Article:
At any given time, we are responding to over 30 emergency situations. We provide life-saving essentials in the immediate aftermath of a natural disaster and to people affected by conflict, as well as long-term development support. You can help.
As a global movement of people working together to end the injustice of poverty, we are committed to being transparent in our work and accountable to donors, partners, allies, supporters, staff and volunteers, regulatory bodies and, in particular, the communities with whom we work. Check out how we spend your money.
Did you know that at least one in three women will experience some form of violence during their lifetime? It is one of the most widespread violations of human rights and has long-term devastating effects. It is time to say ‘enough is enough’. Join us.
We help people caught up in natural disasters and conflicts across the world with clean water, food, sanitation and protection. At any given time, we are responding to over 30 emergency situations, giving life-saving support to those most in need.
Millions of people are being forced from their homes, risking everything to escape conflict, disaster, poverty or hunger. From those fleeing the war in Syria or climate change-induced droughts, to those stranded in inadequate conditions in Europe, you can help us give life-saving support to refugees in the countries where they need it most.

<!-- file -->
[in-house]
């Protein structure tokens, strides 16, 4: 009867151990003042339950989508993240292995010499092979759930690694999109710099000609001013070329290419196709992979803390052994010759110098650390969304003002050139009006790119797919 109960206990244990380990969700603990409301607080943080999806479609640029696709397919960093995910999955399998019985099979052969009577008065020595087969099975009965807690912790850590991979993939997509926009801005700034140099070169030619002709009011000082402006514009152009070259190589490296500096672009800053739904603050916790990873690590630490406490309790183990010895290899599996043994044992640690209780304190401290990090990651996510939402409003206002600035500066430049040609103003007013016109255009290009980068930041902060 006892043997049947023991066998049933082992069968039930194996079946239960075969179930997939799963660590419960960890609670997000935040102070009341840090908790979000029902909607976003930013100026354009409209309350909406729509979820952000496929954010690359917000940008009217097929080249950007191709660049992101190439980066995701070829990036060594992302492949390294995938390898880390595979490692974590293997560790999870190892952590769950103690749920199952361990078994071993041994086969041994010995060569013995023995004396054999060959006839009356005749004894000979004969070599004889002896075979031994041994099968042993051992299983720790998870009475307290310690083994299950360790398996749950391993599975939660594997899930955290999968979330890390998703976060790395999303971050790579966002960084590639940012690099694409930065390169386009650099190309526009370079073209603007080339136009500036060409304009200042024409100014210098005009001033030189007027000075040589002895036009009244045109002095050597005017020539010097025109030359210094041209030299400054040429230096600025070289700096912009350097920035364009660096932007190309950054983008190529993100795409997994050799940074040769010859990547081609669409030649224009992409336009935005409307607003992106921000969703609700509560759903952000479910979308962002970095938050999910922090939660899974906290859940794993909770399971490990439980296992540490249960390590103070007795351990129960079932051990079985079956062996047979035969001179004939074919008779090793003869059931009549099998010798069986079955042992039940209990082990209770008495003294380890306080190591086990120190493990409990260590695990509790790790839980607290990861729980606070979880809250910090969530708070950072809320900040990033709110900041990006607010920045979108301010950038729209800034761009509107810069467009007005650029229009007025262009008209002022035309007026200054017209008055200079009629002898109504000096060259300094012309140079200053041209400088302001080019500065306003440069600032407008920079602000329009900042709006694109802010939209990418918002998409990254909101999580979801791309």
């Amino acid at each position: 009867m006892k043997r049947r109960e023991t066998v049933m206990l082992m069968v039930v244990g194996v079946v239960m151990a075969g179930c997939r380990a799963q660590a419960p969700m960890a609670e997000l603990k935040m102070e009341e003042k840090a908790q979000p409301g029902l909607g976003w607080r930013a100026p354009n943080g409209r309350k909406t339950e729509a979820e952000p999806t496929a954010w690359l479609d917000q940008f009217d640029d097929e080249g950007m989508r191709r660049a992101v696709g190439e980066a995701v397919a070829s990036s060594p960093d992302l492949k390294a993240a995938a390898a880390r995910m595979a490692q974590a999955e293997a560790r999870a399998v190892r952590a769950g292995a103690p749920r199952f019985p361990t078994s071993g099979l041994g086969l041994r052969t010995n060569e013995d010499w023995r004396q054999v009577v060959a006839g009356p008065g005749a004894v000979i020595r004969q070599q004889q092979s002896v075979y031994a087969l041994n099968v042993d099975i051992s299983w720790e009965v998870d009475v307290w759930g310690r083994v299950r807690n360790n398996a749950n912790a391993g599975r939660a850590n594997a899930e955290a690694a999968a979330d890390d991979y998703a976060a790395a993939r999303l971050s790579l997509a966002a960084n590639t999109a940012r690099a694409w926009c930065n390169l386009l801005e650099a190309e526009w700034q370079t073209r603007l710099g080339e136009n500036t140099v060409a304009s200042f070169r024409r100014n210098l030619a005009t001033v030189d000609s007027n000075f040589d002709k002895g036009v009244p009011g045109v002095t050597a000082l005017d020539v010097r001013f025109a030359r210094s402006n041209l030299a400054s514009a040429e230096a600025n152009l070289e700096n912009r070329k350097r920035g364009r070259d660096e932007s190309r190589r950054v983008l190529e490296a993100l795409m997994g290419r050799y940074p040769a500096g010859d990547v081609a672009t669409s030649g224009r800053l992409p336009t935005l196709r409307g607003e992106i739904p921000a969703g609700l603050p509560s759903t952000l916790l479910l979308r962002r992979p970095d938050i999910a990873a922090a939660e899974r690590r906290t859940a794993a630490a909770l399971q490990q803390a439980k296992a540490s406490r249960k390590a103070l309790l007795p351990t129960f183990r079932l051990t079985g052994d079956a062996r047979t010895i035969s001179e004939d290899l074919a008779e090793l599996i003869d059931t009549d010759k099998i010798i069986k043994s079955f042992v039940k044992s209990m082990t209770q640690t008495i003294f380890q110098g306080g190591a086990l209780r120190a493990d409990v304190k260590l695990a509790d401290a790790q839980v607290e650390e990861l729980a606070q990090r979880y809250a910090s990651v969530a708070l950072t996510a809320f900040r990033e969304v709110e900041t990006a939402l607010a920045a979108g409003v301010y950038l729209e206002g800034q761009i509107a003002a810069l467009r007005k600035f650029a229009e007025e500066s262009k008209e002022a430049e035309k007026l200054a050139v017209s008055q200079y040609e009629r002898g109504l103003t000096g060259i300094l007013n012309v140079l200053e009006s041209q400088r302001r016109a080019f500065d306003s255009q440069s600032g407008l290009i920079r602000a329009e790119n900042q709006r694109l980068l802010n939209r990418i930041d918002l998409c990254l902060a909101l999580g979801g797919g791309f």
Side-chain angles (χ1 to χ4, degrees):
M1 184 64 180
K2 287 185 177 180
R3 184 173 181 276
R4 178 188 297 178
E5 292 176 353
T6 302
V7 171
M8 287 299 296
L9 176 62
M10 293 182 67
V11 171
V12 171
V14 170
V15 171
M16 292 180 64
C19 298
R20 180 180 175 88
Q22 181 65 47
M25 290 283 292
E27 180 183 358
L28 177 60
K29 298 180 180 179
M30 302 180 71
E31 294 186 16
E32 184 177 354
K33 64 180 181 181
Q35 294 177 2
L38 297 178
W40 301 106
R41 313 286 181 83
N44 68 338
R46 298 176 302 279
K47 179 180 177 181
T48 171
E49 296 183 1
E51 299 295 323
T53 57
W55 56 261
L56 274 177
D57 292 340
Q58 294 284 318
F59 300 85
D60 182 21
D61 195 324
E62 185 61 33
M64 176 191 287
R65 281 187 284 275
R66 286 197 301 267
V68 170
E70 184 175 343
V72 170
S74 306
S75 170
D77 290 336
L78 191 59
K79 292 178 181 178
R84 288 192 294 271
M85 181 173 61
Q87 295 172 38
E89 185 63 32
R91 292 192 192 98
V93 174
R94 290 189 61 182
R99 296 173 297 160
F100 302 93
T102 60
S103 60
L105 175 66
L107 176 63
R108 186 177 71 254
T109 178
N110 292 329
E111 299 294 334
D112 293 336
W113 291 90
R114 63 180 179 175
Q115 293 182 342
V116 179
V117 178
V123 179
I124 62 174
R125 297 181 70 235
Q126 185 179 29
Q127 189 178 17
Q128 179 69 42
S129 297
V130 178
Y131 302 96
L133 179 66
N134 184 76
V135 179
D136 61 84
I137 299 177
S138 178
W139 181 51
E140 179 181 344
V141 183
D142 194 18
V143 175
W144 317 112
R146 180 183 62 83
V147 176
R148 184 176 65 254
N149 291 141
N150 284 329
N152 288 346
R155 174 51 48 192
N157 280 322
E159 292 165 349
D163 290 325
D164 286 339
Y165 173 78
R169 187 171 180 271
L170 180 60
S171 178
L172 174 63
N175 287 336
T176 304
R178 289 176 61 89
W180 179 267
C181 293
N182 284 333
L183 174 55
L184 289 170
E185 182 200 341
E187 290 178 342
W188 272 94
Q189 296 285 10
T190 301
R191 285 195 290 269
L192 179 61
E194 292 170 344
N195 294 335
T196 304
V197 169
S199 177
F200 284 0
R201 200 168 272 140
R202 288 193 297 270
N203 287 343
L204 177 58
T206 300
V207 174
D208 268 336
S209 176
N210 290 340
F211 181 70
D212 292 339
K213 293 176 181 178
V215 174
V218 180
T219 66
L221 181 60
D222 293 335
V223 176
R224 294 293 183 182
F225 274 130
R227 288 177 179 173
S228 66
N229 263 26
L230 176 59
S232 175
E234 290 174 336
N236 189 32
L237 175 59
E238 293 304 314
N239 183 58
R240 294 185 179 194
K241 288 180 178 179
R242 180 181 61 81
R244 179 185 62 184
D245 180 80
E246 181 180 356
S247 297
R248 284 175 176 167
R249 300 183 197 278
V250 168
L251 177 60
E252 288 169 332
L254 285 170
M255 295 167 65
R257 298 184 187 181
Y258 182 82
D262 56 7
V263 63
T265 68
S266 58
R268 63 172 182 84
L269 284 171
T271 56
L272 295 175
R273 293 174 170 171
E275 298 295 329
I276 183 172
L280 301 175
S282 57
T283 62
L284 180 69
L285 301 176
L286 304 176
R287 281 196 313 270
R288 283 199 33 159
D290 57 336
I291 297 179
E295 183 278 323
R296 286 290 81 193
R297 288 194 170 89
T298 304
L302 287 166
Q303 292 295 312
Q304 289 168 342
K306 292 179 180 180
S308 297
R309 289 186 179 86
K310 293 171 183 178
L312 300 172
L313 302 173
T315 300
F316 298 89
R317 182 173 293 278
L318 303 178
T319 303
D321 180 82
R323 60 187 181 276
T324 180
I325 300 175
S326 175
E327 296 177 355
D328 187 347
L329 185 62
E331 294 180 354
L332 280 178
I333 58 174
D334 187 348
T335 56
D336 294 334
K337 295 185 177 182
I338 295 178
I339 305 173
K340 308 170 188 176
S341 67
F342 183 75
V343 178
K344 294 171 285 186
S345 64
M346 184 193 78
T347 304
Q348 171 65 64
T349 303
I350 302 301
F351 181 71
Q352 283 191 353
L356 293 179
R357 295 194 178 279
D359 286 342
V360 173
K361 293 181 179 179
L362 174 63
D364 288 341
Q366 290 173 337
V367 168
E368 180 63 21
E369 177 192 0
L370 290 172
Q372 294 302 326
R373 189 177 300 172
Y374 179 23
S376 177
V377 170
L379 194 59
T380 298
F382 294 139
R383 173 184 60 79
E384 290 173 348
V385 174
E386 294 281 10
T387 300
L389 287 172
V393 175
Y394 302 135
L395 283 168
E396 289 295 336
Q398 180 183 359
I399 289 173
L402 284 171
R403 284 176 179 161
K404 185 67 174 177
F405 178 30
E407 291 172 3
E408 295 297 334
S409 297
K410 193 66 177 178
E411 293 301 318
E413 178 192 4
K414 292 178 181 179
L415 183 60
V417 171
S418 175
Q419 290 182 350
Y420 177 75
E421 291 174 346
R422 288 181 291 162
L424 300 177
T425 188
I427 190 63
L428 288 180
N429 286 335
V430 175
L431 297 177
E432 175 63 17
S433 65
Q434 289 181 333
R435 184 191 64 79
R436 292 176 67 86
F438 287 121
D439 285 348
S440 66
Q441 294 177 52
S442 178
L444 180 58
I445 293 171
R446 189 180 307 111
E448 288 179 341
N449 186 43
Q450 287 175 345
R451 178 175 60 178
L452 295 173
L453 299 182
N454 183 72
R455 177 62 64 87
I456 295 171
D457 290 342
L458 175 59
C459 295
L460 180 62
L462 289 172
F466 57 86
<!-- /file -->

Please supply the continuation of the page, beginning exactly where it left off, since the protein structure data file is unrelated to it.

With no end in sight to the conflict in Syria, hundreds of thousands of people are living in desperate conditions and exposed to continuing violence. Today, half the pre-conflict population of 22 million Syrians have fled their homes and more than 13 million people urgently need your help.
Deep in the Amazon rainforest in Peru, indigenous communities have lived off their lands for generations. But for over 45 years, they have been devastated by the consequences of oil exploitation on their lands. Tell the Peruvian government that this indifference has gone on long enough.
Land inequality in Latin America is worse today than in decades, with women being particularly marginalized. The future of sustainable and inclusive development of much of the continent depends on redressing this.
The recent assassinations of Berta Cáceres and Nelson García highlight the extreme violence and intimidation that many indigenous land rights activists face every day. It also underscores the urgent need for companies in the Agua Zarca hydropower project in Honduras to fully and permanently withdraw their involvement.
Protecting people’s land rights is also about measuring them in the right way. The upcoming Sustainable Development Goals are a historic opportunity to improve the livelihoods through protecting - and measuring - people's land rights.
More than 800 million of India’s 1.25 billion people live in the countryside. One quarter of rural India’s population is below the official poverty line – 216 million people. Vanita Suneja, Oxfam India’s Economic Justice Lead, argues that India can’t progress until it tackles rural poverty.